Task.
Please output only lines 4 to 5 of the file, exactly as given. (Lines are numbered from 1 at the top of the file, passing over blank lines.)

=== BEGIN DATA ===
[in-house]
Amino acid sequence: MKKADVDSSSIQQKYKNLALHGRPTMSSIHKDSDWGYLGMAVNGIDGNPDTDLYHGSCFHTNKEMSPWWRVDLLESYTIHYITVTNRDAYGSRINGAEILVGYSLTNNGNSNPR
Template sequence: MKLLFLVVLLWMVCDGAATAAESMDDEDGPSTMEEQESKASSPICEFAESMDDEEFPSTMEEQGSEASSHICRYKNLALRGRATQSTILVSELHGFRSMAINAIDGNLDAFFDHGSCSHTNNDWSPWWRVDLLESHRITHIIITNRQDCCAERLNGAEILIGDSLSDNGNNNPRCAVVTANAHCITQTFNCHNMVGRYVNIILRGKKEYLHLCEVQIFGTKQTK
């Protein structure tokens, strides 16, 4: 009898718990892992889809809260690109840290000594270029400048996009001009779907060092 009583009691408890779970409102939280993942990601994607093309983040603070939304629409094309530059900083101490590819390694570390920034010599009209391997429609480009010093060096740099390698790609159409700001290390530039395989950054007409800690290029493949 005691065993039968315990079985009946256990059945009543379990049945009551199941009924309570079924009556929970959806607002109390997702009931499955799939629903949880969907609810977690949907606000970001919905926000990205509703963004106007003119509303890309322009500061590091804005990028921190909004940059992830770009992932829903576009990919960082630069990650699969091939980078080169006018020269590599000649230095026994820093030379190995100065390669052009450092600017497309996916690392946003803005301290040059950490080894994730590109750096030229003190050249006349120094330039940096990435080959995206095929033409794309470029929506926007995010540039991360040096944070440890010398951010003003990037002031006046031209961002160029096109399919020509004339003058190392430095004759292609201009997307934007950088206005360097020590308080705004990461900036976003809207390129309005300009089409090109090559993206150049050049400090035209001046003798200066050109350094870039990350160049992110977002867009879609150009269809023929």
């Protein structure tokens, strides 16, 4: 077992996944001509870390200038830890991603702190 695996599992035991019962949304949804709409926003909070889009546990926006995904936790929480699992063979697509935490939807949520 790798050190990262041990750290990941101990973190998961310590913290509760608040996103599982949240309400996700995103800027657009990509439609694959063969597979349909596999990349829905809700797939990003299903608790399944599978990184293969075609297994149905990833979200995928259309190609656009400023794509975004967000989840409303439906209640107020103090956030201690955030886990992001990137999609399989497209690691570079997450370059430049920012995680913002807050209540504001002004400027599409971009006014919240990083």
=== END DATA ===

């Protein structure tokens, strides 16, 4: 009898718990892992889809809260690109840290000594270029400048996009001009779907060092 009583009691408890779970409102939280993942990601994607093309983040603070939304629409094309530059900083101490590819390694570390920034010599009209391997429609480009010093060096740099390698790609159409700001290390530039395989950054007409800690290029493949 005691065993039968315990079985009946256990059945009543379990049945009551199941009924309570079924009556929970959806607002109390997702009931499955799939629903949880969907609810977690949907606000970001919905926000990205509703963004106007003119509303890309322009500061590091804005990028921190909004940059992830770009992932829903576009990919960082630069990650699969091939980078080169006018020269590599000649230095026994820093030379190995100065390669052009450092600017497309996916690392946003803005301290040059950490080894994730590109750096030229003190050249006349120094330039940096990435080959995206095929033409794309470029929506926007995010540039991360040096944070440890010398951010003003990037002031006046031209961002160029096109399919020509004339003058190392430095004759292609201009997307934007950088206005360097020590308080705004990461900036976003809207390129309005300009089409090109090559993206150049050049400090035209001046003798200066050109350094870039990350160049992110977002867009879609150009269809023929």
């Protein structure tokens, strides 16, 4: 077992996944001509870390200038830890991603702190 695996599992035991019962949304949804709409926003909070889009546990926006995904936790929480699992063979697509935490939807949520 790798050190990262041990750290990941101990973190998961310590913290509760608040996103599982949240309400996700995103800027657009990509439609694959063969597979349909596999990349829905809700797939990003299903608790399944599978990184293969075609297994149905990833979200995928259309190609656009400023794509975004967000989840409303439906209640107020103090956030201690955030886990992001990137999609399989497209690691570079997450370059430049920012995680913002807050209540504001002004400027599409971009006014919240990083």